On the one hand, who could blame him for wanting to remain in their company? We can imagine the wonder and joy of having this peek into the heavenly realm.
But on the other hand, a fading tent would never be suitable for saints who had already been admitted to the glory of heaven! Besides, Jesus’ mission is not to bring a teeny-tiny bit of heaven and keep it on earth. He intends to subject himself to the suffering and shame necessary to atone for the sin of mankind; he intends to take all the souls of earth up to heaven, where we can all enjoy his presence for eternity!
Perhaps, in the back of his mind, Peter still believed that Jesus was going to set up his kingdom on earth at that time. Or, perhaps he just spoke the first thing that popped into his head without thinking. I know I have been guilty of doing that!
Matthew 17:5 – He was still speaking when, behold, a bright cloud overshadowed them, and a voice from the cloud said, “This is my beloved Son, with whom I am well pleased; listen to him.”
The word ‘overshadowed’ means ‘to be diffused or spread”. This means that the bright cloud (literally the cloud of light) enveloped them like a fog, rather than like a high covering that would provide shade.
This cloud has long been a symbol of God’s divine presence. In Exodus (14:19-20) God personally leads the Israelites in a cloud. God appears on Mount Sinai in a cloud with fire (Exodus 24:15-17). And a cloud, called the Shechinah glory, dwelt in the Most Holy place in the temple (1 Kings 8:10-11, Ezekiel 1:4). Therefore, the appearance of this cloud indicated the presence of God.
God speaks from the cloud, addressing Jesus as his beloved Son, in whom he is well pleased. Does that sound familiar? This is the second time that God has audibly spoken that phrase about Jesus. The first time was at the time of Jesus’ baptism, just before the trial of his temptation in the wilderness.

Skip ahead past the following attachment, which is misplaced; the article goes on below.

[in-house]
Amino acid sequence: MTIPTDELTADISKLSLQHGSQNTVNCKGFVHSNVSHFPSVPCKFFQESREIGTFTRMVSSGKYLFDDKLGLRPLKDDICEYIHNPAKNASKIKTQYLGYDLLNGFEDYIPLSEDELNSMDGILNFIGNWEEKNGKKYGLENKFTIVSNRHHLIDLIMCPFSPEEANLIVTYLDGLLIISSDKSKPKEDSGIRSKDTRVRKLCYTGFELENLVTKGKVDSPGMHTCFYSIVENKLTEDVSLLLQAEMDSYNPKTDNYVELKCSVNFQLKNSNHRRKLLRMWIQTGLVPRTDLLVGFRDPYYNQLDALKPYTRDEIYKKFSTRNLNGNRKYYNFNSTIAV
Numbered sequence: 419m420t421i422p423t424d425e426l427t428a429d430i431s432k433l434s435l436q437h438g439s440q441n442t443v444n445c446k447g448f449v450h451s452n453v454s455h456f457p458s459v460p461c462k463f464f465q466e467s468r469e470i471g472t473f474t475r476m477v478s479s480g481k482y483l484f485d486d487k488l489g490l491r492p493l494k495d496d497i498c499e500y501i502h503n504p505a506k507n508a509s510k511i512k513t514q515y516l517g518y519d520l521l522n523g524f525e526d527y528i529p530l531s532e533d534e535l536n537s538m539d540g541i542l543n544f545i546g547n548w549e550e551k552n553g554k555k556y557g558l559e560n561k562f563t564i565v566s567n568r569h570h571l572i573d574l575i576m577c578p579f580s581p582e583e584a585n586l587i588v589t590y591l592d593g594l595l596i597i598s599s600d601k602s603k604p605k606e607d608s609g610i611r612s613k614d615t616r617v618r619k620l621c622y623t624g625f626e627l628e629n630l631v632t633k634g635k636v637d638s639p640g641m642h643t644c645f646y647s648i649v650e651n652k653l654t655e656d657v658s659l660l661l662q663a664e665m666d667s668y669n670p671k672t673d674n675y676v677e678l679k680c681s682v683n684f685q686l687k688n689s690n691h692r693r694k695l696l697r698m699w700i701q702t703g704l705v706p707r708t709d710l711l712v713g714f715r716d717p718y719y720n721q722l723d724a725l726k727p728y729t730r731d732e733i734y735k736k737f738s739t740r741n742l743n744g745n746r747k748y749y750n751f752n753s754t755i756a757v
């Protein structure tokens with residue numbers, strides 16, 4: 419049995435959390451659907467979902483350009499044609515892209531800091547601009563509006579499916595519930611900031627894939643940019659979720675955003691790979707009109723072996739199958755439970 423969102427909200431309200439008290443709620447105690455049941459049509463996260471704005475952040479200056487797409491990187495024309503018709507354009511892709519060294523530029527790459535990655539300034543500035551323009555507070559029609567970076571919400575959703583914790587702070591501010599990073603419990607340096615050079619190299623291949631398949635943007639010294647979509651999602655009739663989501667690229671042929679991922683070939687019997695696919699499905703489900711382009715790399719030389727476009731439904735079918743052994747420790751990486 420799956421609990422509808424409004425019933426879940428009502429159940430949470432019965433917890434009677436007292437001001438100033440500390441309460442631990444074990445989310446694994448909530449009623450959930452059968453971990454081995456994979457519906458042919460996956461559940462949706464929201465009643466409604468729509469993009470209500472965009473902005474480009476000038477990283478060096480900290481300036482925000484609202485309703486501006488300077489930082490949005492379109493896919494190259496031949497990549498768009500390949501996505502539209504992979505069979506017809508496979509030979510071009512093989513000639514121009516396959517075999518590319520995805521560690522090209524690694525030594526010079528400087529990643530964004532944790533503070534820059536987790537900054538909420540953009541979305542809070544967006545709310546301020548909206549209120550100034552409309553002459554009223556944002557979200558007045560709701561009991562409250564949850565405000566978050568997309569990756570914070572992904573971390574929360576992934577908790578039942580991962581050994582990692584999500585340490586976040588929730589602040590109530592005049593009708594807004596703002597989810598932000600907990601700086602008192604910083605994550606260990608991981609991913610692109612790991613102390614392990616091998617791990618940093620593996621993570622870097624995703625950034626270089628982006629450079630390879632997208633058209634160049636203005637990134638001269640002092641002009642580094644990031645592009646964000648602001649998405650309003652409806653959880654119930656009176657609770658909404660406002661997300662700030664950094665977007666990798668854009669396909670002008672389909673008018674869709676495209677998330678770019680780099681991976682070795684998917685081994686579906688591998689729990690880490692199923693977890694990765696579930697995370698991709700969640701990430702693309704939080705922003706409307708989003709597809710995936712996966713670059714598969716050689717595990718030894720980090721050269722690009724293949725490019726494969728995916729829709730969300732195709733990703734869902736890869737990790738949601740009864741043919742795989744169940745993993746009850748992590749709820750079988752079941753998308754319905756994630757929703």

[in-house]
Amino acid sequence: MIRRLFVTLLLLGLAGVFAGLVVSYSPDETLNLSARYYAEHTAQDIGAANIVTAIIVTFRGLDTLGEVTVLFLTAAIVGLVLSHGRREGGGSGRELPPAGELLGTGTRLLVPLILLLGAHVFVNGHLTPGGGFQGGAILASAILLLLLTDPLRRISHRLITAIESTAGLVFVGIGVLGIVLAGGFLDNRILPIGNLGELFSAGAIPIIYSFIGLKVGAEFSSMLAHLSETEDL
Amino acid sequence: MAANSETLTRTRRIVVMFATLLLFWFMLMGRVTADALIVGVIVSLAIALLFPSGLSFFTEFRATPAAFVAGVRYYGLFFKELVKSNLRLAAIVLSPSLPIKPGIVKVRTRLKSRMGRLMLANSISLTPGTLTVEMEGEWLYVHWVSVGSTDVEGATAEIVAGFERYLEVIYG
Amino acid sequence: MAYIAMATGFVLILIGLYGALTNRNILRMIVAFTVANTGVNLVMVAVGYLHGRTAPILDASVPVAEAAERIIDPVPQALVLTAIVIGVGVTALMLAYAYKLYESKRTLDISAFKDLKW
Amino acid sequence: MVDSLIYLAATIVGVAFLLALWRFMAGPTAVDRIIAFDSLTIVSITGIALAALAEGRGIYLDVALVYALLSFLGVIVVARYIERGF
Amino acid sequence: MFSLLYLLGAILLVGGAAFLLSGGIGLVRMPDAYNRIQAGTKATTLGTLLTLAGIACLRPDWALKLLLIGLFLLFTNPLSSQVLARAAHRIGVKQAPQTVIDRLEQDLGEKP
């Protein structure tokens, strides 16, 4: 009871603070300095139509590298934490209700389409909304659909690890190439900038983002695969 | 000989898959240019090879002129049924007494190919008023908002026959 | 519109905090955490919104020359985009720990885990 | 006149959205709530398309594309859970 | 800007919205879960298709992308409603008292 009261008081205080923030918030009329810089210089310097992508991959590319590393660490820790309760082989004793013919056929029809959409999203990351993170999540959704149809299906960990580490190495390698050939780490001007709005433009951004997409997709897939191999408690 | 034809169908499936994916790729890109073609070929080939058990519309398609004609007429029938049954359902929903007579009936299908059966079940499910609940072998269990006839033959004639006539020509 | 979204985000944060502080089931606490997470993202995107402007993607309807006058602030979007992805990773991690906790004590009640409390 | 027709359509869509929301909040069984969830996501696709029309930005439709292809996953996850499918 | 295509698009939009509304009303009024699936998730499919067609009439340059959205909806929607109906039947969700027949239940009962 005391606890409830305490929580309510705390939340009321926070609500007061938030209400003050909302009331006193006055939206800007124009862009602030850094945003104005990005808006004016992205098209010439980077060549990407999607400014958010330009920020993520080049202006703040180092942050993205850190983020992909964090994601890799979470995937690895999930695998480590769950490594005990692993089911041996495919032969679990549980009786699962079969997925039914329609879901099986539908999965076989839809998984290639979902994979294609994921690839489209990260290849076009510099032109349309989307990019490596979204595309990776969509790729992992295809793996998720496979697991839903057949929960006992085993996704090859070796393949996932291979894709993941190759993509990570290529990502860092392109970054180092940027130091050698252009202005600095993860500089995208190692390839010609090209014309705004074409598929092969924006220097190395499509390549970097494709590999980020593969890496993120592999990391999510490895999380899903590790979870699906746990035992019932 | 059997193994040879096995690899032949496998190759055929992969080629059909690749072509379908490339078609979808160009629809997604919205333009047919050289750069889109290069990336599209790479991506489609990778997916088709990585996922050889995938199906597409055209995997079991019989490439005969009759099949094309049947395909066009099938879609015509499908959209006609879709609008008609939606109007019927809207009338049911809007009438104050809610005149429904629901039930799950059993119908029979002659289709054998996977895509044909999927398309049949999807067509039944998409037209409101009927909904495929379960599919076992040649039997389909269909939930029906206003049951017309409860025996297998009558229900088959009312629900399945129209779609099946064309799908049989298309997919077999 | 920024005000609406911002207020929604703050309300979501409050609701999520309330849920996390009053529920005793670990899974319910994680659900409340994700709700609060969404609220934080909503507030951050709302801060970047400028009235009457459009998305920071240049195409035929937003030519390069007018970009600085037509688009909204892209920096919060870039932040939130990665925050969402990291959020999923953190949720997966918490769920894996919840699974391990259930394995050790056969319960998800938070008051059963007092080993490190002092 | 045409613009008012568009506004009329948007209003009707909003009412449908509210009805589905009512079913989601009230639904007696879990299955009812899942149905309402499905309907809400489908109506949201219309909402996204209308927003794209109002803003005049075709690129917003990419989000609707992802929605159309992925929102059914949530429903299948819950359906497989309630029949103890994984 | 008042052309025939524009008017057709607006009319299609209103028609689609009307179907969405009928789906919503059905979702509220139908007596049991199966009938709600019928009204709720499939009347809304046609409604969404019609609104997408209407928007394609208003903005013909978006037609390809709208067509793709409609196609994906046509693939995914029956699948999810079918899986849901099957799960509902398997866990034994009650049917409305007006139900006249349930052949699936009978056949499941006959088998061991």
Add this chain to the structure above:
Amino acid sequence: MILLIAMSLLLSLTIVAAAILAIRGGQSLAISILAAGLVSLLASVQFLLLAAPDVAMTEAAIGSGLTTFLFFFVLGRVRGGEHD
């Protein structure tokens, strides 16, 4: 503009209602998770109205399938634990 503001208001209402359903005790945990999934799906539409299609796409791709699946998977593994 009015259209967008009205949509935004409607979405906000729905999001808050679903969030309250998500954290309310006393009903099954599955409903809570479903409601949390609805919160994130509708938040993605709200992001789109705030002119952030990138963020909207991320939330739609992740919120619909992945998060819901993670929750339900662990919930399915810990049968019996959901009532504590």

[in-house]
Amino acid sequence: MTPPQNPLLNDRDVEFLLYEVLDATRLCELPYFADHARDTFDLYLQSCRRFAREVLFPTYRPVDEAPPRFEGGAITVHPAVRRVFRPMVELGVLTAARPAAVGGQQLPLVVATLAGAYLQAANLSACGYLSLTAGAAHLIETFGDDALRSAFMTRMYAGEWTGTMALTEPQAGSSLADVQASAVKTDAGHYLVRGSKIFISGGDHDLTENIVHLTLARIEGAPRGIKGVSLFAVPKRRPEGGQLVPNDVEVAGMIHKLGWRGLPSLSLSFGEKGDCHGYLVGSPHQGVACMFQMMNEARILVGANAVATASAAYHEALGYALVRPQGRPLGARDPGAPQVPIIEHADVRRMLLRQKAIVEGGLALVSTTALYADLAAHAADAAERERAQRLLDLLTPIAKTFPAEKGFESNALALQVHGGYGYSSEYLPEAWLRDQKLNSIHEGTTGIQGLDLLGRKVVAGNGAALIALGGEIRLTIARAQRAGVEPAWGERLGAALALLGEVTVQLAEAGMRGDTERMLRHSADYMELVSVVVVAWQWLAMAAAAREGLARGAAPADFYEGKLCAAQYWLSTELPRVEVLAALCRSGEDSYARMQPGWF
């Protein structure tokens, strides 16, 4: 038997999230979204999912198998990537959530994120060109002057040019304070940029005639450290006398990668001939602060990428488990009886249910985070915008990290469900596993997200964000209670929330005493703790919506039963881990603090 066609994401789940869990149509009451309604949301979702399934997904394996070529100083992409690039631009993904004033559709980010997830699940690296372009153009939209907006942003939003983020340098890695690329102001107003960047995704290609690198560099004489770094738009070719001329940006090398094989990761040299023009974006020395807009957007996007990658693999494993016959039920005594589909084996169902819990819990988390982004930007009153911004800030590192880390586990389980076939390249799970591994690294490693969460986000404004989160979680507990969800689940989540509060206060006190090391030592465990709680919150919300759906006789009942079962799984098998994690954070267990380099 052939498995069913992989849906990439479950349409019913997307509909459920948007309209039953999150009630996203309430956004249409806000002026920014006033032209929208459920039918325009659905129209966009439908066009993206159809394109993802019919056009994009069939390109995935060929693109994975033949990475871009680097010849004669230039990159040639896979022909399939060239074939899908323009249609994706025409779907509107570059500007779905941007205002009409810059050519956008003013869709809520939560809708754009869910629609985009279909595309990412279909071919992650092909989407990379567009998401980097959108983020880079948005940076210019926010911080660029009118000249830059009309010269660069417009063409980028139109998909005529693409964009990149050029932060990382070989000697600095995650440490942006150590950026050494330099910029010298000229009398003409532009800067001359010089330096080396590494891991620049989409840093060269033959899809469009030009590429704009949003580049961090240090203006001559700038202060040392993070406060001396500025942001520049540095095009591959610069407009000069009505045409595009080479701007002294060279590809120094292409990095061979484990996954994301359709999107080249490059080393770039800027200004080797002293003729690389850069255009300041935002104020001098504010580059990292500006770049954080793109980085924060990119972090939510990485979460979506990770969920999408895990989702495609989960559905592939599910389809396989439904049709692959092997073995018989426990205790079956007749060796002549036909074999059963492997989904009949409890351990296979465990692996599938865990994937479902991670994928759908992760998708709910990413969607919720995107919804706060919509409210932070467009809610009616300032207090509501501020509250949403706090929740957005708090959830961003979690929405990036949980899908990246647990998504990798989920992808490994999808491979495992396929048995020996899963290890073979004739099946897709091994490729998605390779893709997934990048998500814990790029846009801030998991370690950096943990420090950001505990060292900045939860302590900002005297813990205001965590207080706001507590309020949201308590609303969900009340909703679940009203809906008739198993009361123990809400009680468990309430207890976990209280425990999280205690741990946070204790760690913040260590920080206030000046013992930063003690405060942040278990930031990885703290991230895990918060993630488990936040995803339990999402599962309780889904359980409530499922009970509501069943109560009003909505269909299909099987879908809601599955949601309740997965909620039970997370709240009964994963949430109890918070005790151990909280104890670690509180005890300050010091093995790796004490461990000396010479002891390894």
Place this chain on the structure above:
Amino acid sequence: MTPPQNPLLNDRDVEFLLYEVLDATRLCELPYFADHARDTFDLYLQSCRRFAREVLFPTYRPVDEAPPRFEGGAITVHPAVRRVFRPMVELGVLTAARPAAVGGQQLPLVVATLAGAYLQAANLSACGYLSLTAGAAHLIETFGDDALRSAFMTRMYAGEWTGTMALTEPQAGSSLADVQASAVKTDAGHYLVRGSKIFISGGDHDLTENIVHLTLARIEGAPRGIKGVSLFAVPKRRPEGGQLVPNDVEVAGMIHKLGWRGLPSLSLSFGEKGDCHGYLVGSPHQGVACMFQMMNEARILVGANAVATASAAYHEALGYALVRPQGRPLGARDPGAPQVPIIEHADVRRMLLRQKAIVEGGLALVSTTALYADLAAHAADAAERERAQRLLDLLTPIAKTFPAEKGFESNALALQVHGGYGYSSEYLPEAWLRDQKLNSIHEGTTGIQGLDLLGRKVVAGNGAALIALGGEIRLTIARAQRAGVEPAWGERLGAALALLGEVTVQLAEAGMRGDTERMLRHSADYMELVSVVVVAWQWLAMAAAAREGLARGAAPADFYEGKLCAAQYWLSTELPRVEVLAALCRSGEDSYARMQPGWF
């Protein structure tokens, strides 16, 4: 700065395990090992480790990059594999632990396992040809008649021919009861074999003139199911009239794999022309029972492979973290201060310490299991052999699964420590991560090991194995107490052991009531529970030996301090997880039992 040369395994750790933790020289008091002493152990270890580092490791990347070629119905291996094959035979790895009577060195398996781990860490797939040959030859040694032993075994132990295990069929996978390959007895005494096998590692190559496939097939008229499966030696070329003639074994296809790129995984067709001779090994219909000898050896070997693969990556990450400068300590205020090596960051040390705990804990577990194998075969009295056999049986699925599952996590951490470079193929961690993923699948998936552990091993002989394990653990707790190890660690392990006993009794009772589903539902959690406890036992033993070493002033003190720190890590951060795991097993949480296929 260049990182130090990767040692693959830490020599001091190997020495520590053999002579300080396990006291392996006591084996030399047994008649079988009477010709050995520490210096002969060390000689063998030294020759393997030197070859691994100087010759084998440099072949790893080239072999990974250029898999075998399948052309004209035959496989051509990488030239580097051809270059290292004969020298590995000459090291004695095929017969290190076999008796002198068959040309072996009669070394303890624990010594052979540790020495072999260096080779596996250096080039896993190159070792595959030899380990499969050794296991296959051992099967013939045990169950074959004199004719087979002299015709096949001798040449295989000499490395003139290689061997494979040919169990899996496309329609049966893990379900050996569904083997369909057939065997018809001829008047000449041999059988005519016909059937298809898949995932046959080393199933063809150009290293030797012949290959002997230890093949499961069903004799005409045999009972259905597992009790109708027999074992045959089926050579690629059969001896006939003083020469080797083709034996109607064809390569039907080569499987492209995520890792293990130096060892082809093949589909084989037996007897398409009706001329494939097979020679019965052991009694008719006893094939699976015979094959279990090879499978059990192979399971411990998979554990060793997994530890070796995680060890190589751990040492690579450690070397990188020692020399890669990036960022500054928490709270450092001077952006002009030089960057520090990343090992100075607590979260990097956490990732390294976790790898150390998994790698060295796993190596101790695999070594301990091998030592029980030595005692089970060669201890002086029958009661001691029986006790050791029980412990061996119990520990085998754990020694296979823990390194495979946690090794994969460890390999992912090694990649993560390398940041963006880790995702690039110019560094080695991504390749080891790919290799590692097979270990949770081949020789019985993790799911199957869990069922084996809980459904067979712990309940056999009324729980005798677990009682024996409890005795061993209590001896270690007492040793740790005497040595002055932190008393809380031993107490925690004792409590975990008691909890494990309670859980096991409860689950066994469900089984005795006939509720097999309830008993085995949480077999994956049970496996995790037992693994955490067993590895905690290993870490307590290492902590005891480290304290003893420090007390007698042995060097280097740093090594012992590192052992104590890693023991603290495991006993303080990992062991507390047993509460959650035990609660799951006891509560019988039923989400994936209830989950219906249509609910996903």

God then instructs the men to listen to his Son. Thus, God himself exalts Jesus over both the law and the prophets. They were servants, but Jesus is the Son. This encounter strengthens the faith of the disciples; soon they would be called upon to go forth and preach the gospel which would be rejected by most of the Jews. Yet, their faith would stand the test. They knew the truth and nothing could dissuade them from testifying of Jesus.
Like the disciples, our duty is to Christ and no other. Non-Christians will use the logic of this world to tell us why we should not serve Jesus our king, but if we are close to him and we hear his voice, we will not be led astray.
Matthew 17:6-8 – When the disciples heard this, they fell on their faces and were terrified. But Jesus came and touched them, saying, “Rise and have no fear.” And when they lifted up their eyes, they saw no one but Jesus only.
The majesty and glory of God is so powerful that no man in his sinful state can bear even a touch of it, without fear and trembling. Certainly, no man can see God and live. (Remember, the disciples only heard his voice). Neither can any mortal man can stand before God. For example, Saul (who later became the apostle Paul), fell to the ground when a light from heaven fell upon him. Even the Old Testament priests fell on their faces when God appeared in the cloud in the Most Holy place:
1 Kings 8:10-11: And when the priests came out of the Holy Place, a cloud filled the house of the Lord, so that the priests could not stand to minister because of the cloud, for the glory of the Lord filled the house of the Lord.